Mega-Campaign: Screaming Eagles (Matrix) $24.99
Mega-Campaign: Watchtower (Matrix) $24.99
Operation Barbarossa (X1) $19.99
Starshatter (Destroyer) $29.99
Starships Unlimited: Divided Galaxies (Apezone) $24.99
Steel Panthers: World At War General's Edition (Matrix) $69.99
The Last Days (X1) $19.99
Tin Soldiers: Alexander The Great (Koios) $29.99
Titans Of Steel: Warring Suns (Vicious Byte) $29.99
Uncommon Valor (2 by 3) $39.99
War In The Pacific (2 by 3) $69.99

You'll notice most of our titles are $40 or less, with many at the $30
or less price point, including new full game releases such as Gates of
Troy ($19.99) and Alexander the Great ($29.99) and Flashpoint Germany
($34.99).

Regards,

- Erik
Anonymous
February 2, 2005 10:38:27 AM

Archived from groups: comp.sys.ibm.pc.games.war-historical (More info?)

In article <kpvvv09du5objv9qri2alsge5sojqvi2md@4ax.com>, me@here.noemail
says...

> >Hmmm. Given that we're talking about a game that they're selling for
> >$35 - considerably *less* than some competing products at <insert
> >company here>, I'm not sure what you mean.

> I'm talking about their other "out of this world" priced games.

Which one, specifically? The only Matrix wargame I can think of that's
priced above the middlin' point for game software ($40-%40) is WAR IN
THE PACIFIC, a true monster in every sense of the word.

I just purchased CAMPAIGNS ON THE DANUBE and FLASHPOINT GERMANY, and in
both cases I noted that the price was entirely reasonable; lower, in
fact, than my expectations.

> And my
> ISP limits my downloads to 10gb per month so I certainly don't
> appreciate the extra fodder added to my game download purchases.

Here my suggestions would be to (a) run screaming to a reputable ISP, or
(b) opt for the game distribution on CD.

--
Giftzwerg
***
"We have freedom now, we have human rights, we have democracy.
We will invite the insurgents to take part in our system.
If they do, we will welcome them. If they don't, we will
kill them."
- Rashid Majid, Iraqi voter
Anonymous
February 2, 2005 11:00:08 AM

Archived from groups: comp.sys.ibm.pc.games.war-historical (More info?)

Frank E wrote:

> The operative words here being 'pricing for downloads'. ... and you
> left out some words, it should be 'pricing for a one-time download'.

Well, if you buy a game cd from a company it's also technically the
price for a one-time cd ... and given the current level of copy
protection on games I doubt many people will even manage to make a 1:1
backup of this.

Just try to get a replacement for that damaged TOAW cd ... luckily I
had a (probably illegal) 1:1 backup when it happened to me.

I gather that the $5 download insurance is what's really bugging you
and here I have to agree - I don't think the extra revenue here is
worth the bad mojo.

The printed manual, well - it would be nice - but printed manuals are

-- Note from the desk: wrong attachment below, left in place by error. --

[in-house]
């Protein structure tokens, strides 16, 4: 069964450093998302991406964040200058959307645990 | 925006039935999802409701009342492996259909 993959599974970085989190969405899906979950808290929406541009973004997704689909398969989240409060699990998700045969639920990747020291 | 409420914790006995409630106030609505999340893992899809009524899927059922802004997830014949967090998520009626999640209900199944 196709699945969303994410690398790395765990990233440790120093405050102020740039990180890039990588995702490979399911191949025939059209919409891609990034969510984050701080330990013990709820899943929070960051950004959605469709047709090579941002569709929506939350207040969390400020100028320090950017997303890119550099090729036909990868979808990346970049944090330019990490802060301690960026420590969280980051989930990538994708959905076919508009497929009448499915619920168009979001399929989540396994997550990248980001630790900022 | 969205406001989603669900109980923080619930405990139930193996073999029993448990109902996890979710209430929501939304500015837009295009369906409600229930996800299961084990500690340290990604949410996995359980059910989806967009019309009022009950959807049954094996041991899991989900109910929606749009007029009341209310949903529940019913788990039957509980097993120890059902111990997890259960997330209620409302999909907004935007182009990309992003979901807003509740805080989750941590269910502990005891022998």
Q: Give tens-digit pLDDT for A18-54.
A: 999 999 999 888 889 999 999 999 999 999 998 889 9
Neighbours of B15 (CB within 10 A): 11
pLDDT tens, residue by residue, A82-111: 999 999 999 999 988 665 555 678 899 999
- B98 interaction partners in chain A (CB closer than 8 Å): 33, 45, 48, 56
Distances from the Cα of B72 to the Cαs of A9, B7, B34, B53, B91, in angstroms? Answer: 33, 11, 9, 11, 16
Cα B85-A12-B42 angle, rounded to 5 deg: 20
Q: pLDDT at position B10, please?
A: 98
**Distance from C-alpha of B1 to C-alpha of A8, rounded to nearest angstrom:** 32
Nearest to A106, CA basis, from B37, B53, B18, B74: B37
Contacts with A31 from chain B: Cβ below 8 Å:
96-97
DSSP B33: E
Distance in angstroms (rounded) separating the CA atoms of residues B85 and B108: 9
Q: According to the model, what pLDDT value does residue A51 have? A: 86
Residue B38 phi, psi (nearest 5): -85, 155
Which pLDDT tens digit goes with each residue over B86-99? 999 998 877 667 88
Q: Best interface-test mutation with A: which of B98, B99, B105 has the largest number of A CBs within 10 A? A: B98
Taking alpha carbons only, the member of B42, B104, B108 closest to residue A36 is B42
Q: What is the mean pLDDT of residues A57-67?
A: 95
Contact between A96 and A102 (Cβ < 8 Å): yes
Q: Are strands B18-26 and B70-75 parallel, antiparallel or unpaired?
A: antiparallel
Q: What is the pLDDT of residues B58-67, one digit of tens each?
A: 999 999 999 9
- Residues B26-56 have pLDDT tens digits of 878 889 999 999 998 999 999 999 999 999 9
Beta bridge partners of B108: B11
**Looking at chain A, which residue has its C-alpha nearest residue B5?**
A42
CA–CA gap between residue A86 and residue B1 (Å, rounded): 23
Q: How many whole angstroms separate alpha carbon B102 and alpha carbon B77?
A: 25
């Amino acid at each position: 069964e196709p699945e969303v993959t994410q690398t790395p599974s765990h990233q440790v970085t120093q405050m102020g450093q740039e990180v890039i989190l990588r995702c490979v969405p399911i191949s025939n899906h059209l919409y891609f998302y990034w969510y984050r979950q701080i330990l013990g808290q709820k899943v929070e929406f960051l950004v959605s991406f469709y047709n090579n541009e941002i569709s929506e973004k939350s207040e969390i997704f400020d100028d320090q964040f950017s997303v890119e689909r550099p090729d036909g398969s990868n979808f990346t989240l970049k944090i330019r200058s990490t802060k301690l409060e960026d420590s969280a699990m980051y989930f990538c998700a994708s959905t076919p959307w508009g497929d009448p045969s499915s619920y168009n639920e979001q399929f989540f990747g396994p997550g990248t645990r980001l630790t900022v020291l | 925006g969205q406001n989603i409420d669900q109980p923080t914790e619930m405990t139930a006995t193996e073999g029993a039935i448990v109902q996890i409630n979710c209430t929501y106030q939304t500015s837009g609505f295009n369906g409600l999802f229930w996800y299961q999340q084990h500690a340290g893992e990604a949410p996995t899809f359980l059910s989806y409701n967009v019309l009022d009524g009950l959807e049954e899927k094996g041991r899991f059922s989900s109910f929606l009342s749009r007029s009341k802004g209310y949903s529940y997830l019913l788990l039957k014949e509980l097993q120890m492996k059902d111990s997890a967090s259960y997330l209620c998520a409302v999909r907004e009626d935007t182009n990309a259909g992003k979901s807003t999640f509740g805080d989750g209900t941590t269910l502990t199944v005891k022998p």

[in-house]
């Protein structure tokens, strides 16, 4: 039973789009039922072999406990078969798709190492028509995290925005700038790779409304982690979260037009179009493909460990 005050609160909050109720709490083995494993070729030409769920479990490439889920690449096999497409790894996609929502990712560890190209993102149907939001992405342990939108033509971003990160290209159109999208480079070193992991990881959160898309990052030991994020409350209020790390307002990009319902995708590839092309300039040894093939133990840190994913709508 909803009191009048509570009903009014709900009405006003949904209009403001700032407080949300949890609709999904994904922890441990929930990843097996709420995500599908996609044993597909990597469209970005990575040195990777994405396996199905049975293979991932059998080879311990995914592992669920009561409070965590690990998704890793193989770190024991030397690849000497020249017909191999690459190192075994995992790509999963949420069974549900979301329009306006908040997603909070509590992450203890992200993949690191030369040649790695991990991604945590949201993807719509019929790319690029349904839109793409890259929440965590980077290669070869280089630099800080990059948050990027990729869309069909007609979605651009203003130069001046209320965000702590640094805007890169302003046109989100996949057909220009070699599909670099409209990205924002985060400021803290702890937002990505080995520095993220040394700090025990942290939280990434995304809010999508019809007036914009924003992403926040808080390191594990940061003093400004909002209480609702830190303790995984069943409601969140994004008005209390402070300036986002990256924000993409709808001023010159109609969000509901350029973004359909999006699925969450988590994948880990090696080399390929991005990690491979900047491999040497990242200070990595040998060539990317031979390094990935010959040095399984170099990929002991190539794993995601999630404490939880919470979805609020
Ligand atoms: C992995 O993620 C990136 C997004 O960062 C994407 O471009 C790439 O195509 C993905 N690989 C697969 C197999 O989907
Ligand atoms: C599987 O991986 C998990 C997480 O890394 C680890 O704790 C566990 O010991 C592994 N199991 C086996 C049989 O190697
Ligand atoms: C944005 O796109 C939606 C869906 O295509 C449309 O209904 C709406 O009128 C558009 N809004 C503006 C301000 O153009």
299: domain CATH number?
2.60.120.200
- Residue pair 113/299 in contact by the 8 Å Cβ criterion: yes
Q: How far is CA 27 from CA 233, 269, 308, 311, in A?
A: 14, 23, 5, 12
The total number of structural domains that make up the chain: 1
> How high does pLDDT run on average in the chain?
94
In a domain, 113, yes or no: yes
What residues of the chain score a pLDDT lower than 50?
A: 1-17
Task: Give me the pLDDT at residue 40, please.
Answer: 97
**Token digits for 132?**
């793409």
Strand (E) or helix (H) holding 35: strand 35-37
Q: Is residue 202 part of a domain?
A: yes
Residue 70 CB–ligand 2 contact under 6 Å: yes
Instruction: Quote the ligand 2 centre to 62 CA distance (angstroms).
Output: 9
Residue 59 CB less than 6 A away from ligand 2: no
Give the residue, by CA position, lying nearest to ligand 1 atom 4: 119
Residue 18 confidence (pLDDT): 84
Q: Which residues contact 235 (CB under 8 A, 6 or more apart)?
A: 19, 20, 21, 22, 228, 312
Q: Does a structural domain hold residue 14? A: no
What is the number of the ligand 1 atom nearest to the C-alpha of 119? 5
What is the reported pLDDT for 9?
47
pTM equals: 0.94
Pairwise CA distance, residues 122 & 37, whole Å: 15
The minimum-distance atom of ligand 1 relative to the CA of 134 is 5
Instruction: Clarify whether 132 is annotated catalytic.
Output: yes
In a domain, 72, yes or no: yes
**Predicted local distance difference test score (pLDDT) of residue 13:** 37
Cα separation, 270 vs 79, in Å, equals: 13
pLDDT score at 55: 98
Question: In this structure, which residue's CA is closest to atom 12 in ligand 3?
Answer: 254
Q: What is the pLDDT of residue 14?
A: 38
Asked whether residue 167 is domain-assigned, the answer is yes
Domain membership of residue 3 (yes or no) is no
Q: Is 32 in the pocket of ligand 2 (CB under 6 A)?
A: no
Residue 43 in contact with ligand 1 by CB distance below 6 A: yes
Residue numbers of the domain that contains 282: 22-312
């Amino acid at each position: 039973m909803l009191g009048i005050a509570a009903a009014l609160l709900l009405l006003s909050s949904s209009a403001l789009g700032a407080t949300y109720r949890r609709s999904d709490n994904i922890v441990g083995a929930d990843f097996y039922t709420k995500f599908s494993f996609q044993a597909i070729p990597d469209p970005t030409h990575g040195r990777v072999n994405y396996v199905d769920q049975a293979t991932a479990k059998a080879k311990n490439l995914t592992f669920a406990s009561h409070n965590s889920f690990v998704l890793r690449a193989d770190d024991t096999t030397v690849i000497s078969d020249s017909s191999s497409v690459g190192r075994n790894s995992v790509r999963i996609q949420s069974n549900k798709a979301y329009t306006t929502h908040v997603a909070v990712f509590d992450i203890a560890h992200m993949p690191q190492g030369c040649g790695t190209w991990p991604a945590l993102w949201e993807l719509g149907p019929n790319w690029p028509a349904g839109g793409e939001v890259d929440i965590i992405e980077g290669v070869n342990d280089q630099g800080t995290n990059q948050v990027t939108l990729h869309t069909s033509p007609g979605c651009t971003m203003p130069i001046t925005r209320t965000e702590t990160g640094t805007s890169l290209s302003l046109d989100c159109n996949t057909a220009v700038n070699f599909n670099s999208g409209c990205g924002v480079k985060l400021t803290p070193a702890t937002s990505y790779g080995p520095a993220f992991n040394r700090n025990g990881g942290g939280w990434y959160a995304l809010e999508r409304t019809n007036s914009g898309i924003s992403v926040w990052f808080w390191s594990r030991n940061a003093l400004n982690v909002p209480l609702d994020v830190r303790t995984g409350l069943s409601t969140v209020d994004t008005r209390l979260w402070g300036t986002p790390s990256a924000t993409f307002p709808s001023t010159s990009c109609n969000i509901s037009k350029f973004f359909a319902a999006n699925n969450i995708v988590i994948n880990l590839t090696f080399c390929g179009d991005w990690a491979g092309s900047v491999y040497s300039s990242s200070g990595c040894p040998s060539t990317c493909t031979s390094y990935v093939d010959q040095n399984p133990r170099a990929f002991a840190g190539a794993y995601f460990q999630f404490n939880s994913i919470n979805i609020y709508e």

on the way out, even in the big bucks software development market. Last
$3000 product I installed at the company didn't even have the usual
short installation manual, the previous version did, and the version
before that even had all the manuals. I've actually come to prefer
pdf-based manuals. You can quickly do some key-word search, have it on
<alt><tab> stand-by while gaming and if you really want to, you can
even print it out :) 

Greetz,

Eddy Sterckx
Anonymous
February 2, 2005 12:53:00 PM

Archived from groups: comp.sys.ibm.pc.games.war-historical (More info?)

On 2 Feb 2005 08:00:08 -0800, "eddysterckx@hotmail.com"
<eddysterckx@hotmail.com> wrote:

>
>Frank E wrote:
>
>> The operative words here being 'pricing for downloads'. ... and you
>> left out some words, it should be 'pricing for a one-time download'.
>
>Well, if you buy a game cd from a company it's also technically the
>price for a one-time cd ... and given the current level of copy
>protection on games I doubt many people will even manage to make a 1:1
>backup of this.

True, although if I manage to screw up a preburned CD, I tend to shrug
it off as my fault and move on. Backups tend not to be that dependable
ime.

>Just try to get a replacement for that damaged TOAW cd ... luckily I
>had a (probably illegal) 1:1 backup when it happened to me.
>
>I gather that the $5 download insurance is what's really bugging you
>and here I have to agree - I don't think the extra revenue here is
>worth the bad mojo.

Yeah, that really was the part that bugged me. Charging me $70 for a
download and then telling me that you're cheap to spring for a
nickel's worth of bandwidth in case I ever need it agian seriously
rubs me the wrong way.

>The printed manual, well - it would be nice - but printed manuals are
>on the way out, even in the big bucks software development market. Last
>$3000 product I installed at the company didn't even have the usual
>short installation manual, the previous version did, and the version
>before that even had all the manuals. I've actually come to prefer
>pdf-based manuals. You can quickly do some key-word search, have it on
><alt><tab> stand-by while gaming and if you really want to, you can
>even print it out :) 

I tend to prefer online manuals for things where I have to look stuff
up while I'm using a program. Something like a C compiler would be a
good example where an online manual is 10x as useful as a printed
version.

With a wargame, I tend to be the type that will sit down and read the
manual after playing around with the program a bit. Reading a 100page